great stylist and master orator was Bossuet, who was typically extolled as 'the French Demosthenes'. Improvising at court or in the Parisian churches, Bossuet riveted audiences through the fervour, originality, clarity, and liveliness of his sermons on such subjects as Providence, church unity and the obligations of the King of France. Together with Bourdaloue and Massillon, Bossuet belonged to a French court triumvirate whose superb mastery of oratorical techniques would influence subsequent generations within and beyond France. Each had his own style. Whilst Bossuet captured his audience through profound insights and powerful rhetoric, the Jesuit Louis Bourdaloue (16321704) did so through logic and argument. Dubbed 'the king of preachers and preacher of kings', this dedicated moralist did not shrink from castigating ladies and courtiers given, respectively, to idleness and ambition. Jean Baptist Massillon (1663-1742), no less committed to moralizing, probed the heart and the passions, and possessed much psychological insight. The French Protestant sermon, too, flowered in the decades around 1700: a disproportionately large number of Huguenot or Walloon preachers throughout Europe were famed for their oratorical prowess. Sermonizers such as Jean Claude (1619-87) in France, Jacques Saurin (1677-1730) in the Dutch Republic, and Isaac Beau-sobre (1659-1738) in Berlin developed biblical themes 'synthetically', avoiding speculation and abstraction but emphasizing moral edification. Claude's Traité de la composition d'un sermon (1688) was as widely read in Europe as it was brief and to the point.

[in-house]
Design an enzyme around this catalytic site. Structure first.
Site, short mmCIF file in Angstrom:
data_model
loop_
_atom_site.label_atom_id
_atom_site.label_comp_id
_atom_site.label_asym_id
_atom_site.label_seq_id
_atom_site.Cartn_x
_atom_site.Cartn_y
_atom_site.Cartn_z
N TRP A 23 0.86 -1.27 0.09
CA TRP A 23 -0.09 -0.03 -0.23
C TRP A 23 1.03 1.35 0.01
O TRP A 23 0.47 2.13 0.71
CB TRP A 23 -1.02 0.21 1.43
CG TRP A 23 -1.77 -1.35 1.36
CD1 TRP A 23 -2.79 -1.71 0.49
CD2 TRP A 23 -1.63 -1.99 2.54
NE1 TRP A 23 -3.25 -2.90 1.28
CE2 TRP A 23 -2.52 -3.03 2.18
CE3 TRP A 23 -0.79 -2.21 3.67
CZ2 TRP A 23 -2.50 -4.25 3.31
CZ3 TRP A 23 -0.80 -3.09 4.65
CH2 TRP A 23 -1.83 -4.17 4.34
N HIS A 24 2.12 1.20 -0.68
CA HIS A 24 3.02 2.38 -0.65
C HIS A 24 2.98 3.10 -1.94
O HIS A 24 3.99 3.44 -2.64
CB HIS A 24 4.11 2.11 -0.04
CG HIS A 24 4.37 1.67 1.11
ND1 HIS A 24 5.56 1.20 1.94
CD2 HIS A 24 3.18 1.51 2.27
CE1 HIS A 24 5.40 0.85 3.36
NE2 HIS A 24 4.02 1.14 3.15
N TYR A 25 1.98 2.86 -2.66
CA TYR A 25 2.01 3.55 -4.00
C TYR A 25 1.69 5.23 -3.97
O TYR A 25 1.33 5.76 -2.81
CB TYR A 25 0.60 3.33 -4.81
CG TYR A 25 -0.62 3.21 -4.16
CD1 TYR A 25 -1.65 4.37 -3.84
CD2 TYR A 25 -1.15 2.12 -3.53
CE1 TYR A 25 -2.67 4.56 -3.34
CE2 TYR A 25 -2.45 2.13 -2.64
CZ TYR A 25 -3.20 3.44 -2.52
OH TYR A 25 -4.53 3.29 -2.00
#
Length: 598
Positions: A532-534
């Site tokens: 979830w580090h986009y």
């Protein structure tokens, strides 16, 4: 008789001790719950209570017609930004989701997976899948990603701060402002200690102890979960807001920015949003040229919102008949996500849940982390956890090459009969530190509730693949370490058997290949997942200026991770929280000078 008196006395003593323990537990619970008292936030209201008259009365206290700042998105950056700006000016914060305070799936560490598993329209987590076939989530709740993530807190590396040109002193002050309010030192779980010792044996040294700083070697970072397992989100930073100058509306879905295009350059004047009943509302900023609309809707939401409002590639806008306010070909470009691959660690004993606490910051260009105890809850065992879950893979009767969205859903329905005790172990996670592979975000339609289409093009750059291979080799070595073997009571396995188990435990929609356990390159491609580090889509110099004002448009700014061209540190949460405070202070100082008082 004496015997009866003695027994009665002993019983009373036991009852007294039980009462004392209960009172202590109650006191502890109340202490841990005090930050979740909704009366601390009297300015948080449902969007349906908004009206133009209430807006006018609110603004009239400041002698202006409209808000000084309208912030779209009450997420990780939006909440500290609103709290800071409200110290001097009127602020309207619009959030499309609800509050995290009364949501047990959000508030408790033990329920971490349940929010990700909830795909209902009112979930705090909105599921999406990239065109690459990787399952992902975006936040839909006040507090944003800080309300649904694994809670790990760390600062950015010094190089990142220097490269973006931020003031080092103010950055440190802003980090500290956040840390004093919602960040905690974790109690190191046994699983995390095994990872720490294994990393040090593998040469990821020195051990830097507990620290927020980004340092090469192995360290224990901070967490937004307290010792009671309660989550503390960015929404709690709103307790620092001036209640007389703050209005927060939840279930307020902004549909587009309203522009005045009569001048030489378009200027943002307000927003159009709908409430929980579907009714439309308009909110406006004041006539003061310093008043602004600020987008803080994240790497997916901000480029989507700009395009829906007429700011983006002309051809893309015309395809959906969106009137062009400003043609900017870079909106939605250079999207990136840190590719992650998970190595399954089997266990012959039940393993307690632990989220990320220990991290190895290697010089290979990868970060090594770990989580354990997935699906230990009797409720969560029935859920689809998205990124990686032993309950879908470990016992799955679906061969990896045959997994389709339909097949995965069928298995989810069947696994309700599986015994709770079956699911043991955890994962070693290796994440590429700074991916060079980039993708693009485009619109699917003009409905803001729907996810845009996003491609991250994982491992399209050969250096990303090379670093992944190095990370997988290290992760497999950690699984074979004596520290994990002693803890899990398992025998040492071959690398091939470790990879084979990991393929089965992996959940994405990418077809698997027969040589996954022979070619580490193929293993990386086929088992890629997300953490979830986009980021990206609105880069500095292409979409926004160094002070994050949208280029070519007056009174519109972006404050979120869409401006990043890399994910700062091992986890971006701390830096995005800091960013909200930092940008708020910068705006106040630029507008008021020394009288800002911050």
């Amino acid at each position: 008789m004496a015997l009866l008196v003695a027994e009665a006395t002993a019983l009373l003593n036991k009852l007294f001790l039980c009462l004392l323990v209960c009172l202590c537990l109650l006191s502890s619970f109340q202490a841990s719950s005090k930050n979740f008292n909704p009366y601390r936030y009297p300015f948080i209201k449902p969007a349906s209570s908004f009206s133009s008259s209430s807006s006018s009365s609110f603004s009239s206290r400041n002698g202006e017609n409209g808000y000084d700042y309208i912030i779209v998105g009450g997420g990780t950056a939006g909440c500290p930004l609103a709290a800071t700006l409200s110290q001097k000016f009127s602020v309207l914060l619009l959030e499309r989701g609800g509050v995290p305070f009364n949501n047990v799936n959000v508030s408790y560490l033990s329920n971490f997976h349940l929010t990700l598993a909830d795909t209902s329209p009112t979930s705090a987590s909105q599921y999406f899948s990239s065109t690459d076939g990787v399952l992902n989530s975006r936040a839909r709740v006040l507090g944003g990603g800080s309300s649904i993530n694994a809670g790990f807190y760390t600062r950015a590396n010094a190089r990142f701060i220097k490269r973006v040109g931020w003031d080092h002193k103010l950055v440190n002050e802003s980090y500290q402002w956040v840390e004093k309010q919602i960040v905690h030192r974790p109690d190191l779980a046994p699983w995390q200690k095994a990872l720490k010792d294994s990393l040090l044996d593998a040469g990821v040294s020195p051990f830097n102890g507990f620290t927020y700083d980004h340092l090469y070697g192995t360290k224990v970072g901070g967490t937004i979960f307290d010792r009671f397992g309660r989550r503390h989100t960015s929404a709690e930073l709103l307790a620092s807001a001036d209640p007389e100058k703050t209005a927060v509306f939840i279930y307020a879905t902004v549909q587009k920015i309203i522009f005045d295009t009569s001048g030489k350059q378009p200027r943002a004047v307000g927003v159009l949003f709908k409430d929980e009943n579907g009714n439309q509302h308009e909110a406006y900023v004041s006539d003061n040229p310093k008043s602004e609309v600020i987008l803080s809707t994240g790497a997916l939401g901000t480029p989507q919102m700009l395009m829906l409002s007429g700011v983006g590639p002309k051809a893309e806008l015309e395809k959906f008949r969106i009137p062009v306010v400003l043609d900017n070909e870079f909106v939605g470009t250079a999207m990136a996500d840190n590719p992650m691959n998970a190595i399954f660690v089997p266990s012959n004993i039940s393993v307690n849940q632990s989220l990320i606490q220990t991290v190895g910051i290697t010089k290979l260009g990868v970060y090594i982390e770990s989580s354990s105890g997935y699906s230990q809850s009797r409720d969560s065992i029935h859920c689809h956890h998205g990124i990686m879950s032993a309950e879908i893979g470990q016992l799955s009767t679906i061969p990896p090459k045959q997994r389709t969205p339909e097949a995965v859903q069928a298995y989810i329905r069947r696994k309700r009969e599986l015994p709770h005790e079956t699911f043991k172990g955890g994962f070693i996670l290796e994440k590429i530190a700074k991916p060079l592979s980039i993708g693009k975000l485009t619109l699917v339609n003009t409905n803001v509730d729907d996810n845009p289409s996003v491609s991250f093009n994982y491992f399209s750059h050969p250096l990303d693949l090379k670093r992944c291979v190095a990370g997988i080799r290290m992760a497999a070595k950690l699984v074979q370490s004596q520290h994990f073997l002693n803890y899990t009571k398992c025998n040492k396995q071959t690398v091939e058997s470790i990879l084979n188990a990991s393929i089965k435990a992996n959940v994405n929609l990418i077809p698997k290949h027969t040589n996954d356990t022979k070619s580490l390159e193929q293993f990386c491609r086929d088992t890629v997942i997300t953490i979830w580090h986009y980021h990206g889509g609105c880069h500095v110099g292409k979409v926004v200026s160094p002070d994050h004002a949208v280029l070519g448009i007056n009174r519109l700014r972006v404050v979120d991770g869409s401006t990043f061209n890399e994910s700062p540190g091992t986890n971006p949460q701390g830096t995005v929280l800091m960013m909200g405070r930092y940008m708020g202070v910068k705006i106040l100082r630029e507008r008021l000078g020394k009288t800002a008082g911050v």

Around the turn of the seventeenth century, German Pietists were arguing that the aim of a sermon, rather than to moralize, was to convert, to internalize the faith and make it manifest in daily life. Its vocabulary inspired by the Song of Songs, the Pietist sermon introduced a simpler, more biblical and more practical alternative to what it regarded as the abstruse formalism, superfluous ornamentation and sterile polemicism of the reigning 'orthodox' style. The Lutheran bishop Eric Pontoppidan (1698-1764) was one among many who disseminated such ideas - in his case in Denmark. After about 1750, Spanish Jansenists, inspired especially by Bourdaloue, similarly took the lead in reforming the sermon.21 The combined influence of Pietism and Jansenism, English and French models, literary and aesthetic developments and the steady growth of an informed, articulate and polite public, gradually led to widespread criticism of the confessional sermon. Sermons, so the reformers claimed, were not meant to affirm or confirm the authoritarian, confessional order of society, but to transfer practical information, transform behaviour and impress upon listeners and readers simple beliefs and moral knowledge. Whilst evangelicals stressed individual choice and personal experience, reformers in all European
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